A Quarantine's Benefit

By Isa Taranto

The negative impacts of quarantine and the COVID-19 pandemic are undeniable. This unprecedented health, economic, social and physiological crisis the world is facing is very alarming, and has shaken the way we live, make contact, travel, and even what we wear. As a consequence, these impacts seem to be divulged and deeply explored by the media, and that has been the case for months - I don’t know about you, but, even though this is an important topic to be aware about, I am already tired of reading news about this disease, especially negative and tragic ones. So, I believe it is important to highlight the fact that for all the obvious negative impacts, there is also a unique side benefit of COVID-19: the relief of the “burden” we impose on the environment.

 

Quarantine measures have been imposed throughout the globe, in different forms and extents, present in the majority of countries affected by the coronavirus as a way of trying to diminish its transmission. Now, as the Brazilian population gradually returns to work, the economy begin to recover, and we adapt to (the new) normality, it is important to recognise the measure’s effect not only on day-to-day lives, but on the changes caused by it on the bigger picture, so to speak. Due to the isolation, many people were or are restricted from moving around, whether by imposition and lockdowns, or by health concerns. And this decrease in the traffic of people, all around the world, has created an opportunity for the environment to “breathe” and develop a more healthy and stable condition, as that constant cycle of pollution and disposal we practice has been slowed down - and in some cases even completely interrupted. It is interesting to notice that the biggest shift can be observed in pollution (especially related to water and the air),  as well in CO2 emissions, which have decreased sharply.

Jakarta, Indonesia, in 2019 (left) and 2020 during quarantine (right)

And this unintended consequence can be proven by data: the Earth Overshoot Day - the calculation of how many days annually it takes for humanity to consume more than the Earth can regenerate and provide - this year was August the 22nd, according to the WWF, 24 days after last year’s. That indicates that quarantine has extended the durability of the land and the resources we take from it - instead of being even sooner, as the pattern seemed to be up until this year. Beyond that, the International Energy Agency has stated that this year, we have reached the lowest level of carbon dioxide (air pollution and climate change’s main agent) since 2010, and this will be the sharpest and lowest decrease ever recorded.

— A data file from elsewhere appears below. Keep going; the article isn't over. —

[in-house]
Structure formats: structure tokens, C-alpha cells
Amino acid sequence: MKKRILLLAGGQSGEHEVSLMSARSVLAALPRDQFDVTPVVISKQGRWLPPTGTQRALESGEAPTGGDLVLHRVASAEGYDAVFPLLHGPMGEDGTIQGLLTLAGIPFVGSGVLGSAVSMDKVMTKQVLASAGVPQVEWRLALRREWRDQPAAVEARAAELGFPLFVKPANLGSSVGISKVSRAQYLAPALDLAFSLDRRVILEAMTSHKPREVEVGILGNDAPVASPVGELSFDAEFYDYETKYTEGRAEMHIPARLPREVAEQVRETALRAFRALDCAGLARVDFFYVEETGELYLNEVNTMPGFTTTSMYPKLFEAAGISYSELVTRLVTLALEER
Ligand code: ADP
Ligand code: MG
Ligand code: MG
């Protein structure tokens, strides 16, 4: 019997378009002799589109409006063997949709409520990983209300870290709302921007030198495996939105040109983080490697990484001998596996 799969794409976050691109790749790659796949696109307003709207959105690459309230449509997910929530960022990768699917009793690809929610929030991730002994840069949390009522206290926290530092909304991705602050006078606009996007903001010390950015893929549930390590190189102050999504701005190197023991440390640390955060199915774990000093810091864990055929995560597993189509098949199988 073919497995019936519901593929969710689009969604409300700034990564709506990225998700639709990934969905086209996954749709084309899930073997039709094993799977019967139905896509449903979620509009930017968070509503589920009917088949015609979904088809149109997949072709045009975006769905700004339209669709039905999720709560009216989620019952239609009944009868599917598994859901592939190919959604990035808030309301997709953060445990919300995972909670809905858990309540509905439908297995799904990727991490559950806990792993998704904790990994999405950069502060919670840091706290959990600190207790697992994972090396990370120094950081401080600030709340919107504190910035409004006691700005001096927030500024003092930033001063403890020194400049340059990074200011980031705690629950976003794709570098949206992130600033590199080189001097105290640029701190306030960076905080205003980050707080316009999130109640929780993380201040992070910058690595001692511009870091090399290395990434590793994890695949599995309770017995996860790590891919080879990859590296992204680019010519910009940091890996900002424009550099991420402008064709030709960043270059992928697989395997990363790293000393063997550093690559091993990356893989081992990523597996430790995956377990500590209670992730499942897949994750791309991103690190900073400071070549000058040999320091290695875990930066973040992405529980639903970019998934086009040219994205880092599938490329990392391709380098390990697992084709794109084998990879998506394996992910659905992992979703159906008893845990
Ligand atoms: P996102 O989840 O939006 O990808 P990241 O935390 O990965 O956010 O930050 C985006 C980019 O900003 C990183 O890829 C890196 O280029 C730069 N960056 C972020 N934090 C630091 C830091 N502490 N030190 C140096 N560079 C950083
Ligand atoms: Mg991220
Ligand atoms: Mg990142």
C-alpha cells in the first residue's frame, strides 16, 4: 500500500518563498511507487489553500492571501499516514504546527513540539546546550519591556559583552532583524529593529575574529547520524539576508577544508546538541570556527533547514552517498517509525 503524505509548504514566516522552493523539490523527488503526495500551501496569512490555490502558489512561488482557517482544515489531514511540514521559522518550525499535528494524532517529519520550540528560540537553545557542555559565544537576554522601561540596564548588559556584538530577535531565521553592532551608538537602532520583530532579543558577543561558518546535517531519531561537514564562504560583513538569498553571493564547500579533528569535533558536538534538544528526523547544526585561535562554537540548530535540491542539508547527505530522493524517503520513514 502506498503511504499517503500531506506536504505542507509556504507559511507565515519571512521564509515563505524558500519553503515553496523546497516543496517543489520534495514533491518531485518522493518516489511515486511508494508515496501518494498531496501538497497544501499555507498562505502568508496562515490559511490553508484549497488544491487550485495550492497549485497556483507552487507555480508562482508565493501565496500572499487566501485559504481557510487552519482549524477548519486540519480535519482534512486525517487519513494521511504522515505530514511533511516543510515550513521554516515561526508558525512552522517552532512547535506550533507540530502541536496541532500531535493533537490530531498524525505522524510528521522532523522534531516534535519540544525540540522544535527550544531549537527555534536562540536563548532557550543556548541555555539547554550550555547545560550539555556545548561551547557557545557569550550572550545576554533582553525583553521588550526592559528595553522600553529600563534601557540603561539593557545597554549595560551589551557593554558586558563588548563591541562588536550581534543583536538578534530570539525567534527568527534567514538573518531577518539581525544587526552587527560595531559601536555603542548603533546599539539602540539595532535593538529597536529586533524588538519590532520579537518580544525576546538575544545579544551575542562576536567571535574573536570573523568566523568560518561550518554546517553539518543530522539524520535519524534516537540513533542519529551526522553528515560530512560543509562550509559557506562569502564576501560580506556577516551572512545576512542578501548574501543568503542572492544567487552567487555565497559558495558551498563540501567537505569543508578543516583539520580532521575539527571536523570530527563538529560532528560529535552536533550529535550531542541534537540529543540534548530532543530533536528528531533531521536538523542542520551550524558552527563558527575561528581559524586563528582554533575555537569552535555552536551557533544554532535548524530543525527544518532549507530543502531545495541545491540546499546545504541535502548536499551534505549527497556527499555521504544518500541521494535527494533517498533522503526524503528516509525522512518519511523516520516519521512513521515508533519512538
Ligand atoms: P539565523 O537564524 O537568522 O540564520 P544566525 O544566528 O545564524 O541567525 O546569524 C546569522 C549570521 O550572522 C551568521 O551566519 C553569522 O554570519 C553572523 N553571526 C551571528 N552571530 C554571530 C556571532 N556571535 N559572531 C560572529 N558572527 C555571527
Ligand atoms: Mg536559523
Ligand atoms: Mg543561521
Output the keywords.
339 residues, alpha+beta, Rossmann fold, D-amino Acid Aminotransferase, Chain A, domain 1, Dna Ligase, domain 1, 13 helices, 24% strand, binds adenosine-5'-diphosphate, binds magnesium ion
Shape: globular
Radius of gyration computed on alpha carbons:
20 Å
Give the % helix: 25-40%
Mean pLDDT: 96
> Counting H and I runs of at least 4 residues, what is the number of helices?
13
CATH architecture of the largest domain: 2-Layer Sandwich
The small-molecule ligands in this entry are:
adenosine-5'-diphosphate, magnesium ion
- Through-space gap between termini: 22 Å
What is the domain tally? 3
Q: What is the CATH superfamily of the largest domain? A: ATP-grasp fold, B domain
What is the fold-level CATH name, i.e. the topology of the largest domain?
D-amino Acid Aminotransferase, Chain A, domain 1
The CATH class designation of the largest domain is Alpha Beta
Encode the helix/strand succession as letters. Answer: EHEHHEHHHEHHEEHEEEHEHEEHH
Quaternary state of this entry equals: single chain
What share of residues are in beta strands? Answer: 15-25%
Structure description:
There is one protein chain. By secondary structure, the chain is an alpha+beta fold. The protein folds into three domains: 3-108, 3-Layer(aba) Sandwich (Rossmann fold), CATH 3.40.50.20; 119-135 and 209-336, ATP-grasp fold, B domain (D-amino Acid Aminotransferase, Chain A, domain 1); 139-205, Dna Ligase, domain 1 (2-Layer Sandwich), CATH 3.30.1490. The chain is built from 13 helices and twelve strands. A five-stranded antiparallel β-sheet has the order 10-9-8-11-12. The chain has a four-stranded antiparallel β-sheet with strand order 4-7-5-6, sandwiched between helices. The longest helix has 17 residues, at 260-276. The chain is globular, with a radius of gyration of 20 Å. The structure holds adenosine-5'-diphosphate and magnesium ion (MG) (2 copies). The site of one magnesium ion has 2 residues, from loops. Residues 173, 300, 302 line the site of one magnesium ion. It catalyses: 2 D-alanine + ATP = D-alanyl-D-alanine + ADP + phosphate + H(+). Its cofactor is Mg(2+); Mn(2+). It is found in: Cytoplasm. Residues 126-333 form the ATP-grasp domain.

New Delhi, India, in 2019 (left) and 2020 during quarantine (right)

Beyond the environmental conditions themselves, animals are also being highly benefited from the fact that the human occupants of their habitats are staying at home. There have been many examples of different species that have “invaded” cities - such as boars in Barcelona and goats in a town in Whales -, and many are thriving and reproducing more, as one of their main threats have been temporarily removed. In Rio de Janeiro, for example, many beaches were closed because of the ongoing quarantine, and that has allowed endangered sea turtles to reach and reproduce in those places. Therefore, our absence represents, for the animal kingdom, a relief.

 

The fact is that 2020 is an exception - a weird, almost-ending and sometimes desperating exception -, but we can learn from it. The “lesson” I choose to take from this year is that no matter how horrible a situation seems to be, there might be something about it that can be interpreted as a side benefit. And maybe that side benefit can bring relief, joy, or even a little bit of hope for all of the people and places involved - including the environment.

Venice, Italy, in 2019 (left) and 2020 (right). Notice the difference in the color of the water!

Source for the images - and if you want more information, check it out here.

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